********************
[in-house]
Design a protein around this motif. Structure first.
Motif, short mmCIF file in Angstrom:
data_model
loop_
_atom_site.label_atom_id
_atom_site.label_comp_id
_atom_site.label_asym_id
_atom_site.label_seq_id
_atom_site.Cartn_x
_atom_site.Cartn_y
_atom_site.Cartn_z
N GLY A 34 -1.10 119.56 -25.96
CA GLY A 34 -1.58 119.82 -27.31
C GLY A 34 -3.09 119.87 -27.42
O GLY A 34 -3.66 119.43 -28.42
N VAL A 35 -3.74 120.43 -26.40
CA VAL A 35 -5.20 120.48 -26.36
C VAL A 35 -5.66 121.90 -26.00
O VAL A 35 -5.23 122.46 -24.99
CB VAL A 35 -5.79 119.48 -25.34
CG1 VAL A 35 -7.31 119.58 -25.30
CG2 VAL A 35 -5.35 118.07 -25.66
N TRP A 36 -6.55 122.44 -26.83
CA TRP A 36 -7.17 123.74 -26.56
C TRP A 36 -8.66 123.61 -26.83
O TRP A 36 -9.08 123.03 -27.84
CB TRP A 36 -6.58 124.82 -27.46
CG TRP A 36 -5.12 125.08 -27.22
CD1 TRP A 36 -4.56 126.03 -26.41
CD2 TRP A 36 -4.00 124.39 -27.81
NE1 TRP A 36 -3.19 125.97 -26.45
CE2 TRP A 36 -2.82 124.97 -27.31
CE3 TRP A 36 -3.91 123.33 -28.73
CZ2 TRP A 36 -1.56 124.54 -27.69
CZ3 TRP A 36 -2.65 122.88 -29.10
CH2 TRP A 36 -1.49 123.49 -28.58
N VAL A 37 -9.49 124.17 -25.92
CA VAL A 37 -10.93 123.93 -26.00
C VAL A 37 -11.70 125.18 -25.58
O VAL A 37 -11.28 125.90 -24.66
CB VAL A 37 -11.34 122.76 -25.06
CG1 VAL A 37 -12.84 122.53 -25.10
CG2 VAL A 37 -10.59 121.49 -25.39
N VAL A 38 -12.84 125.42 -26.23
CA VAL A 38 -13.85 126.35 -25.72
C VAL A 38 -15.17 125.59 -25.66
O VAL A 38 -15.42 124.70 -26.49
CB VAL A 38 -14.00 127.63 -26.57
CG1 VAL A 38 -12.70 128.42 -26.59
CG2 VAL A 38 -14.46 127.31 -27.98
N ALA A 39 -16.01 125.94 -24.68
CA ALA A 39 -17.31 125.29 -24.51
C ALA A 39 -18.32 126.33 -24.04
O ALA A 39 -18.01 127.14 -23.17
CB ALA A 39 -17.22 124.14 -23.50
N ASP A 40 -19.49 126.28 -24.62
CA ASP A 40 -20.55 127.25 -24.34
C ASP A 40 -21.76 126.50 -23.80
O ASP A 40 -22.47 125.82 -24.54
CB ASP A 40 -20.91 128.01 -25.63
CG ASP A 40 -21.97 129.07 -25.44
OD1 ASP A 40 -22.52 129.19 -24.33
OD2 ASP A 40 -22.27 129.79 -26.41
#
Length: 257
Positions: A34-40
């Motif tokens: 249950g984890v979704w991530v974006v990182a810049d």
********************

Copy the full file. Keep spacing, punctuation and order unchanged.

[in-house]
Design a protein around this motif. Structure first.
Motif, short mmCIF file in Angstrom:
data_model
loop_
_atom_site.label_atom_id
_atom_site.label_comp_id
_atom_site.label_asym_id
_atom_site.label_seq_id
_atom_site.Cartn_x
_atom_site.Cartn_y
_atom_site.Cartn_z
N GLY A 34 -1.10 119.56 -25.96
CA GLY A 34 -1.58 119.82 -27.31
C GLY A 34 -3.09 119.87 -27.42
O GLY A 34 -3.66 119.43 -28.42
N VAL A 35 -3.74 120.43 -26.40
CA VAL A 35 -5.20 120.48 -26.36
C VAL A 35 -5.66 121.90 -26.00
O VAL A 35 -5.23 122.46 -24.99
CB VAL A 35 -5.79 119.48 -25.34
CG1 VAL A 35 -7.31 119.58 -25.30
CG2 VAL A 35 -5.35 118.07 -25.66
N TRP A 36 -6.55 122.44 -26.83
CA TRP A 36 -7.17 123.74 -26.56
C TRP A 36 -8.66 123.61 -26.83
O TRP A 36 -9.08 123.03 -27.84
CB TRP A 36 -6.58 124.82 -27.46
CG TRP A 36 -5.12 125.08 -27.22
CD1 TRP A 36 -4.56 126.03 -26.41
CD2 TRP A 36 -4.00 124.39 -27.81
NE1 TRP A 36 -3.19 125.97 -26.45
CE2 TRP A 36 -2.82 124.97 -27.31
CE3 TRP A 36 -3.91 123.33 -28.73
CZ2 TRP A 36 -1.56 124.54 -27.69
CZ3 TRP A 36 -2.65 122.88 -29.10
CH2 TRP A 36 -1.49 123.49 -28.58
N VAL A 37 -9.49 124.17 -25.92
CA VAL A 37 -10.93 123.93 -26.00
C VAL A 37 -11.70 125.18 -25.58
O VAL A 37 -11.28 125.90 -24.66
CB VAL A 37 -11.34 122.76 -25.06
CG1 VAL A 37 -12.84 122.53 -25.10
CG2 VAL A 37 -10.59 121.49 -25.39
N VAL A 38 -12.84 125.42 -26.23
CA VAL A 38 -13.85 126.35 -25.72
C VAL A 38 -15.17 125.59 -25.66
O VAL A 38 -15.42 124.70 -26.49
CB VAL A 38 -14.00 127.63 -26.57
CG1 VAL A 38 -12.70 128.42 -26.59
CG2 VAL A 38 -14.46 127.31 -27.98
N ALA A 39 -16.01 125.94 -24.68
CA ALA A 39 -17.31 125.29 -24.51
C ALA A 39 -18.32 126.33 -24.04
O ALA A 39 -18.01 127.14 -23.17
CB ALA A 39 -17.22 124.14 -23.50
N ASP A 40 -19.49 126.28 -24.62
CA ASP A 40 -20.55 127.25 -24.34
C ASP A 40 -21.76 126.50 -23.80
O ASP A 40 -22.47 125.82 -24.54
CB ASP A 40 -20.91 128.01 -25.63
CG ASP A 40 -21.97 129.07 -25.44
OD1 ASP A 40 -22.52 129.19 -24.33
OD2 ASP A 40 -22.27 129.79 -26.41
#
Length: 257
Positions: A34-40
């Motif tokens: 249950g984890v979704w991530v974006v990182a810049d």